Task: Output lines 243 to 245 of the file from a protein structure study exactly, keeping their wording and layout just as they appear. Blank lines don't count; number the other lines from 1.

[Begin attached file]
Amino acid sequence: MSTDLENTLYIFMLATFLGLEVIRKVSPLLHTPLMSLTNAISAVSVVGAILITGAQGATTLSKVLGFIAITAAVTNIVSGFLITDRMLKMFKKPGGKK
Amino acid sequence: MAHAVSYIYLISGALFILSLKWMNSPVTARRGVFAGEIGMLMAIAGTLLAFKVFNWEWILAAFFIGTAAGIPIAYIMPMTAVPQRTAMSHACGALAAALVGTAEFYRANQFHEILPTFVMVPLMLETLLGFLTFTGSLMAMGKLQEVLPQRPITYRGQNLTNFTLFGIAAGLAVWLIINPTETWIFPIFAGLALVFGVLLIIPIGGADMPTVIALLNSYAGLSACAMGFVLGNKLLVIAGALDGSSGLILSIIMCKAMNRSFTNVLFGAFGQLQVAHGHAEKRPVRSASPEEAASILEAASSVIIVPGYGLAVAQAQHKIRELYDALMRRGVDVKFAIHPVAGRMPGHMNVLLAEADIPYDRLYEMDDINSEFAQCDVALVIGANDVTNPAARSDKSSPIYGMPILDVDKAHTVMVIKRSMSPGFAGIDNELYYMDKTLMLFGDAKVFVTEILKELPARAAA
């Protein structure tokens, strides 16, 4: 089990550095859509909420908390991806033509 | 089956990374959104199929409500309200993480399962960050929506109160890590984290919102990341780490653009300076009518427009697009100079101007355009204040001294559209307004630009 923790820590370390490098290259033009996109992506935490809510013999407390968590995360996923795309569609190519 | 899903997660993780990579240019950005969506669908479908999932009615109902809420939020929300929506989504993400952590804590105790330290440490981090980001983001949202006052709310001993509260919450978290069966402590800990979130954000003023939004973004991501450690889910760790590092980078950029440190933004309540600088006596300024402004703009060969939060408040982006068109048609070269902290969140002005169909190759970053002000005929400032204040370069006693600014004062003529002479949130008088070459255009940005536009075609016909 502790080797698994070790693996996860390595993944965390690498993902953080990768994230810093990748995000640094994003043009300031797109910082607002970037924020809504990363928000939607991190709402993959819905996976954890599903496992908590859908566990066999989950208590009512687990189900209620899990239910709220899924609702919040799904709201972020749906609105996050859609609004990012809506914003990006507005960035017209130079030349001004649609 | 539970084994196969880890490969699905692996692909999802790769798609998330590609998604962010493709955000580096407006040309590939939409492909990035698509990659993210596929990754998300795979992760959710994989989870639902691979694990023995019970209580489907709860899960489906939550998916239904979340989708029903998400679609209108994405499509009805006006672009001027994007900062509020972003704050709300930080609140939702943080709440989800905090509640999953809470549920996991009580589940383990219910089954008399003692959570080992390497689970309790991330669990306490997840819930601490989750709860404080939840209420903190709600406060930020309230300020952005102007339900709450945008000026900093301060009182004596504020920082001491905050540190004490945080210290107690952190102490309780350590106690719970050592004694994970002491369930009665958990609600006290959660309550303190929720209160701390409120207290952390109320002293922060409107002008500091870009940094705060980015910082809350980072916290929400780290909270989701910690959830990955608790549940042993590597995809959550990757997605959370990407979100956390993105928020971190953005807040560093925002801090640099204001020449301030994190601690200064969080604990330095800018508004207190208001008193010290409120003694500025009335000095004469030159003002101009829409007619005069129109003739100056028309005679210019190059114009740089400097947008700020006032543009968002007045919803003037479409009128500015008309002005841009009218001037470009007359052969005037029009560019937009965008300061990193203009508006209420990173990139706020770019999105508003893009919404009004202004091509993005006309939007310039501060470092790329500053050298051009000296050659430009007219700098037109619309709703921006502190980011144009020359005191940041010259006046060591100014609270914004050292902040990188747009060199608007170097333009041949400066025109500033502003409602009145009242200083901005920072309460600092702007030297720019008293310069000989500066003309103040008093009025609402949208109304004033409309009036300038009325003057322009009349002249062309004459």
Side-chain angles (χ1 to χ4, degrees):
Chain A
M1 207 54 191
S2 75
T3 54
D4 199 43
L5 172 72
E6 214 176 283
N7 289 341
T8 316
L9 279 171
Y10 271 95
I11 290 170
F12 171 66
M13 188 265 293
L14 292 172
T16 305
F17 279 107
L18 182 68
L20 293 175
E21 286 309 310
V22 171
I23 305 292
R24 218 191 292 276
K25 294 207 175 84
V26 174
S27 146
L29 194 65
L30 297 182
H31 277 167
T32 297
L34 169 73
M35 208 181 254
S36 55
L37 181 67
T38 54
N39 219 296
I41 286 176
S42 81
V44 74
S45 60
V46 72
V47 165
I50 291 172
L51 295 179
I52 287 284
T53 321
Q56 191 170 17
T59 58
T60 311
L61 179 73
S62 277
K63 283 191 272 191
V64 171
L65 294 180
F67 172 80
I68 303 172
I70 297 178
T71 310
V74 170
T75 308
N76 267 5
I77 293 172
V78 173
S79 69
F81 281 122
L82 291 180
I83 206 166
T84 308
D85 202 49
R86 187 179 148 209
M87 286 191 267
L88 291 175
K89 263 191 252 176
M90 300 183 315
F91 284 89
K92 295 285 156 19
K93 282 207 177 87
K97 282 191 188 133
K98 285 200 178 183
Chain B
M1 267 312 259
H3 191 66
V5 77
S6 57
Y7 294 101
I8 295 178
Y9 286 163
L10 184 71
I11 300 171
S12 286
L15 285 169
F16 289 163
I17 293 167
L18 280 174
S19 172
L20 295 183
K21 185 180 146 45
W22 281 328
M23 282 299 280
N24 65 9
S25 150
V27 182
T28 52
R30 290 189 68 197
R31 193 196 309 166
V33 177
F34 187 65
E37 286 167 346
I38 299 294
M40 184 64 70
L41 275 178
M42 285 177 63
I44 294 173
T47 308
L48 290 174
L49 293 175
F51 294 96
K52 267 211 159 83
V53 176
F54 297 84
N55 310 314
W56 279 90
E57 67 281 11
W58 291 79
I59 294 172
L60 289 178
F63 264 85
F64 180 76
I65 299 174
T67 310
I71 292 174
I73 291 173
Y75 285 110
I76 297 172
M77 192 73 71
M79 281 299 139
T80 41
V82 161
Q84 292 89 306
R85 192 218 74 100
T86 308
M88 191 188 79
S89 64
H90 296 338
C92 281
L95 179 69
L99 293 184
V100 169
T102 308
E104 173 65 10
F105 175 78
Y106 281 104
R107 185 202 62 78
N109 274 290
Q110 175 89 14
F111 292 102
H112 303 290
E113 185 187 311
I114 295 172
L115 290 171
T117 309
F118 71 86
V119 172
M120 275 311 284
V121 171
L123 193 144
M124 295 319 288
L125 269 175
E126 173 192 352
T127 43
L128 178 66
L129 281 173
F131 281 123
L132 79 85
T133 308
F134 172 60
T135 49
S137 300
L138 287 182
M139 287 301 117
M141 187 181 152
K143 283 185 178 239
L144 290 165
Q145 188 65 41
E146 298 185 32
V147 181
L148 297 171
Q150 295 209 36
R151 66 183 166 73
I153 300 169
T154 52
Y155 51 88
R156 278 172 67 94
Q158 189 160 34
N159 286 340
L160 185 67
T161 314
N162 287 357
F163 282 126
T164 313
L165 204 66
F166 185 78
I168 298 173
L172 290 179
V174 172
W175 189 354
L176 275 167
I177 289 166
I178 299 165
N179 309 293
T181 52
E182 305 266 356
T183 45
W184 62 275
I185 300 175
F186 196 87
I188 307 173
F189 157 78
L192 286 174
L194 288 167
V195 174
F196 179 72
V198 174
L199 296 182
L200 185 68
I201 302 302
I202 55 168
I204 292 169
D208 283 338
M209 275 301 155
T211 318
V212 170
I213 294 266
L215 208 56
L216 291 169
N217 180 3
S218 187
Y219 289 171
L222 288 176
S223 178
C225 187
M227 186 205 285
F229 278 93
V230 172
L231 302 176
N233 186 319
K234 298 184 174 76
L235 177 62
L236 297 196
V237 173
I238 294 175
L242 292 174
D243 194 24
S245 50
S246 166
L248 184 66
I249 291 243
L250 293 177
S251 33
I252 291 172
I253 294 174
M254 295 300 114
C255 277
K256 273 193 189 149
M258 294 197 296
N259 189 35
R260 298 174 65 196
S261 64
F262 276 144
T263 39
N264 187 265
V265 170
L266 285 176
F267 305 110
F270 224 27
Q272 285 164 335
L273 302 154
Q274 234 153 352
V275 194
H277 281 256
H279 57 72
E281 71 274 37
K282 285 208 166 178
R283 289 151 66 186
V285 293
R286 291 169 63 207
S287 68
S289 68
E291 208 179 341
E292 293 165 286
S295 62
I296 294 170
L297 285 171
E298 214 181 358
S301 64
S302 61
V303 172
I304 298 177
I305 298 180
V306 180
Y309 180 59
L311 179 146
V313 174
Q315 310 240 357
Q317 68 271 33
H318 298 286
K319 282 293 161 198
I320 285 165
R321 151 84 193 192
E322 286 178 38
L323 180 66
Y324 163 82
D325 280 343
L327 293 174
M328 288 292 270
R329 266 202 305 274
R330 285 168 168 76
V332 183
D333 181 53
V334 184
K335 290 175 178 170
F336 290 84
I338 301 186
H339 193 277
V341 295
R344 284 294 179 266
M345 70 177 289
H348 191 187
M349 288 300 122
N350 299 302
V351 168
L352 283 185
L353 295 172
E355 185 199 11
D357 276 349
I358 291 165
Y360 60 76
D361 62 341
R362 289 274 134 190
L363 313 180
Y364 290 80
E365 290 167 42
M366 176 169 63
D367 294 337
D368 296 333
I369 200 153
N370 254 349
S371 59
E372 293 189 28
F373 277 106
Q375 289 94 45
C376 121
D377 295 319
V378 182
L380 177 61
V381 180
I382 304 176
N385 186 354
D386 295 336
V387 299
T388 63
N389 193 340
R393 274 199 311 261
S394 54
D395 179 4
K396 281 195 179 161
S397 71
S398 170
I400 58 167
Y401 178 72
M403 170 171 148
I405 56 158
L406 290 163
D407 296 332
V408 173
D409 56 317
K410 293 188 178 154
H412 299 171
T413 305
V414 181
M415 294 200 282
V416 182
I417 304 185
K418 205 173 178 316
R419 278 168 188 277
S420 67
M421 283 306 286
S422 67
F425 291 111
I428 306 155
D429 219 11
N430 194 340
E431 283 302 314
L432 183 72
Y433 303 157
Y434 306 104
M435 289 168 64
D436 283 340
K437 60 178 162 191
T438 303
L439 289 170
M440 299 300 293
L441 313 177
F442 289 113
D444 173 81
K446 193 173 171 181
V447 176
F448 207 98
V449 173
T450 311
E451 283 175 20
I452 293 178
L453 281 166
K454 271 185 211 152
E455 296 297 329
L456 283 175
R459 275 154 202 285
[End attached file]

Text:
L222 288 176
S223 178
C225 187